To illustrate I’ll share one memorable evening we had together in San Francisco. They had been on a cruise that ended there, and a friend and I met them at the pier, took them to their hotel and had dinner with them that evening. My friend, young and idealistic in his 20’s, was dissing our country for something or other, and Uncle Arthur went on a rant (he was nearly yelling at us) about how much poverty, disease and horrible things they’d seen in so many other countries, the United States was the best country in the world and we’d better not ever forget that fact! Yikes! I haven’t forgotten it, Uncle Arthur.
Dancing was another passion of theirs (which I’m happy to say I’ve inherited) and they were excellent at it. Aunt Rose told me how the ladies would line up to dance with Arthur, and she was proud to say they were more skilled than some of the dance teachers on the ships. Another favorite moment in my mind’s eye is of them dancing together at my wedding, he in a white dinner jacket, she in a pink brocade evening dress and matching jacket.
While the photograph above doesn’t show it, Aunt Rose wore her hair in a beautiful, perfectly formed bun near the top of her head for most of her life. After Uncle Arthur died, she cut her hair short and had it permed. I never realized she wore it that way for him all of those years! She also loved going to museums and reading the Wall Street Journal daily.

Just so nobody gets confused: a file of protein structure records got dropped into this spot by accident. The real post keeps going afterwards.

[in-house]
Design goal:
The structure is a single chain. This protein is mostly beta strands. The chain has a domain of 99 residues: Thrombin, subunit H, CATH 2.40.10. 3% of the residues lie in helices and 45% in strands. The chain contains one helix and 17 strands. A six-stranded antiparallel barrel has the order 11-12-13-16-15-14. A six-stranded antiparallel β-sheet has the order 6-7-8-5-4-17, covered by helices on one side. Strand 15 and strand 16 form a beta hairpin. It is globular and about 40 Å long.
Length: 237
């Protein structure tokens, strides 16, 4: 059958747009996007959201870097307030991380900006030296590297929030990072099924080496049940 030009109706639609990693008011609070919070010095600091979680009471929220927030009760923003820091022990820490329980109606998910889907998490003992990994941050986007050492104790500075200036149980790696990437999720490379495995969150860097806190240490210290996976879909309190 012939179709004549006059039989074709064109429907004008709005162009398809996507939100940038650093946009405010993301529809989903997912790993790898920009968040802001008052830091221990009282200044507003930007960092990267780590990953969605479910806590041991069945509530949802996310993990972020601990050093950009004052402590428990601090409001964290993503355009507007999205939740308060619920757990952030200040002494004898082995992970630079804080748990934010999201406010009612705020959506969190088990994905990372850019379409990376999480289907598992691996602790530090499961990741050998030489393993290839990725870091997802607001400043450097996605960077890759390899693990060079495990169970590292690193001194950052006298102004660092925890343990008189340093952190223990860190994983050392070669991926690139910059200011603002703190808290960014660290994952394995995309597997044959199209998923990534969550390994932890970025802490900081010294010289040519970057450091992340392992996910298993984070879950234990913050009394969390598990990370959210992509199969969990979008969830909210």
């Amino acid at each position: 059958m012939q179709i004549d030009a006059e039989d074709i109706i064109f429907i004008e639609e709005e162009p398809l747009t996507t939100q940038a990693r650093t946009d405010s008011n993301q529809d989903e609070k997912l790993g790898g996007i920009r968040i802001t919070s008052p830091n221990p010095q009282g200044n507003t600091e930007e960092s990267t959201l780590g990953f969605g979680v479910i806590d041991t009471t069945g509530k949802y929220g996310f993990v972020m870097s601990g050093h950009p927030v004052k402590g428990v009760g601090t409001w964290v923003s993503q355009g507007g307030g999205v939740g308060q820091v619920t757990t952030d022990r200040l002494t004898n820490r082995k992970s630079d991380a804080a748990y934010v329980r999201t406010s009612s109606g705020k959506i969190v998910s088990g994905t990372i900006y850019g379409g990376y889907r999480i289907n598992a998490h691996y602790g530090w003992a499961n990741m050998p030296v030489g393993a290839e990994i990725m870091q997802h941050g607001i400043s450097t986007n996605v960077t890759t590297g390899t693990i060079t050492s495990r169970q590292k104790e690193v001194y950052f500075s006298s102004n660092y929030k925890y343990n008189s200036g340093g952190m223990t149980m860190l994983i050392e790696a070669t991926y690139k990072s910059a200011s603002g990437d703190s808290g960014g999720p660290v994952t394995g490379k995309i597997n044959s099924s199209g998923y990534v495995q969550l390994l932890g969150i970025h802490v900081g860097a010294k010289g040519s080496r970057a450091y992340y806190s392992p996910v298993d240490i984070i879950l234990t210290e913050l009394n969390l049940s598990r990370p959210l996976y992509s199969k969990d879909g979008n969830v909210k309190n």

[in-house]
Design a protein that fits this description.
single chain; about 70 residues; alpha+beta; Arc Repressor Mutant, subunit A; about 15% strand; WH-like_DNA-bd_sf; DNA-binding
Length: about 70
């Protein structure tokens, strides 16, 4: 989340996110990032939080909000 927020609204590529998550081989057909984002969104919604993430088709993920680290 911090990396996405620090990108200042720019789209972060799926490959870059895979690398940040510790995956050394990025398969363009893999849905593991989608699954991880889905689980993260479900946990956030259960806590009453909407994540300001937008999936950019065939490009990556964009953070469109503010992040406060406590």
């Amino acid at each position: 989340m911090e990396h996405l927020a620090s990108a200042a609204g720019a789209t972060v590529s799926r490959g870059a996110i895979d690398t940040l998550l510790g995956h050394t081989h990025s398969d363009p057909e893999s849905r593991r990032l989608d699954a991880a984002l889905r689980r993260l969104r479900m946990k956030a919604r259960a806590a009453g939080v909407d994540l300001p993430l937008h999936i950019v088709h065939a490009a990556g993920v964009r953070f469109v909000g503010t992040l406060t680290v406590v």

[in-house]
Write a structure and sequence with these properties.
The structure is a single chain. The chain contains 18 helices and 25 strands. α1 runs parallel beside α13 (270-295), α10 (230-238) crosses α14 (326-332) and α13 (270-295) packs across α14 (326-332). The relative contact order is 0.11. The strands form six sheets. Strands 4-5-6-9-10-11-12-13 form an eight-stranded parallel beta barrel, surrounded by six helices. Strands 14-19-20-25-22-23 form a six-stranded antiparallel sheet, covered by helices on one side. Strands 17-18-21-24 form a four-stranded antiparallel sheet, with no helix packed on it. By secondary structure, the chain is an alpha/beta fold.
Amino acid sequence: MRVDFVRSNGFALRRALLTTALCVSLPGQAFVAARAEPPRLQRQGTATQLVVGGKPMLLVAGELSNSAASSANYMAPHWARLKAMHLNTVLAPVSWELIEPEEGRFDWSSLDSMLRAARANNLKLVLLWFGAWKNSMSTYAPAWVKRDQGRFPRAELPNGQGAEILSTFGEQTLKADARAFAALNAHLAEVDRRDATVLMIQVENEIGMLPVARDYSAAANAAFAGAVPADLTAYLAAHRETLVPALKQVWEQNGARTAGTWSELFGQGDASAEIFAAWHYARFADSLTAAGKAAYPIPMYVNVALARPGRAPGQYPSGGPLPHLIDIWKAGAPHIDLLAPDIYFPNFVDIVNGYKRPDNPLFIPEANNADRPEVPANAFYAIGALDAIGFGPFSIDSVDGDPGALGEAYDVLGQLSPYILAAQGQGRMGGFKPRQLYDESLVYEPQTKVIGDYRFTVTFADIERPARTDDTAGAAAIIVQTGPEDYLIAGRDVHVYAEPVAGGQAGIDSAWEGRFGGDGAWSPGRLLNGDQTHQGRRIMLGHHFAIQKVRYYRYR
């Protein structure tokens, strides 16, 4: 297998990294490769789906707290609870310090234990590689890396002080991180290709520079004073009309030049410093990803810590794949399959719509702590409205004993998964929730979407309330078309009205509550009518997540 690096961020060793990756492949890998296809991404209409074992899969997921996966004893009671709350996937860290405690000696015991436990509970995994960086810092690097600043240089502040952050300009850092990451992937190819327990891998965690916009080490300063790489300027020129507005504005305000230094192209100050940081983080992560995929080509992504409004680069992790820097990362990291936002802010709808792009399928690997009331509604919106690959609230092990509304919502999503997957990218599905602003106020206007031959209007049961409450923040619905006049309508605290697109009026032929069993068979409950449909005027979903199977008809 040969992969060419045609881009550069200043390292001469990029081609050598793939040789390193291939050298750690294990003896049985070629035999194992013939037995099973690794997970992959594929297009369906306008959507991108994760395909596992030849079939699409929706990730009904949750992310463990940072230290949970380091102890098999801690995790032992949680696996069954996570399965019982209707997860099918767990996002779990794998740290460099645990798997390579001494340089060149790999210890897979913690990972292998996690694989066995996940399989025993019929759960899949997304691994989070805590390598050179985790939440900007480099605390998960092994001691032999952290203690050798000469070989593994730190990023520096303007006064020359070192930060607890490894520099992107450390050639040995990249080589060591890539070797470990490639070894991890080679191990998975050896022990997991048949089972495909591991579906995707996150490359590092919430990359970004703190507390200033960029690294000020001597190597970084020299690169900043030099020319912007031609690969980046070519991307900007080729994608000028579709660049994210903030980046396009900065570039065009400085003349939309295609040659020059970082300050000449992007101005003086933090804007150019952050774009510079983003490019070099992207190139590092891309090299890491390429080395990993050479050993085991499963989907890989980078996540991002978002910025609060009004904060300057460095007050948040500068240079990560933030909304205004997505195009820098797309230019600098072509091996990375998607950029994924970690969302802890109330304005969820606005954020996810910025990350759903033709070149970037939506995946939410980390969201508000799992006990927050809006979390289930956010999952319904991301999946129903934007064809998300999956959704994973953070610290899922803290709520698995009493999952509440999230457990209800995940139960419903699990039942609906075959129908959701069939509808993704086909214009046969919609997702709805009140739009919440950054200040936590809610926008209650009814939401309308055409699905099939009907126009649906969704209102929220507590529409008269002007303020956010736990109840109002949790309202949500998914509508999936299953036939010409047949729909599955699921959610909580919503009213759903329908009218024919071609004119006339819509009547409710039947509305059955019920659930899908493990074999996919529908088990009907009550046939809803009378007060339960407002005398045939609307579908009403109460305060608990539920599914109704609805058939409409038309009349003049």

Aunt Rose was Uncle Arthur’s nurse during his battle with throat cancer, which he lost in 1994. After that she didn’t travel to exotic places any longer, but did make trips to Florida and California to visit her two brothers, her sister and their families. I believe her last trip was to attend my son’s bar mitzvah in 2002. How very lucky we were to have her there!
Their Legacy to Me
Rose and Arthur instilled in me a love of travel, art and dancing. I will continue incorporating these three things in my life, and our son’s as well.
Their relationship was a true romance story, and their ever-lasting love and devotion is a wonderful model for everyone to aspire to. (So far so good, as my husband and I are celebrating our 25th wedding anniversary tomorrow.)
And I promise to live every day as if it’s my birthday!
I’ll close by signing off the same way I always would in my letters to them —
Aunt Rose and Uncle Arthur, I love you and miss you TONS!!!!!!!!!!!!!!
Photo Credit: E. Antonovsky, N.Y. — circa 1940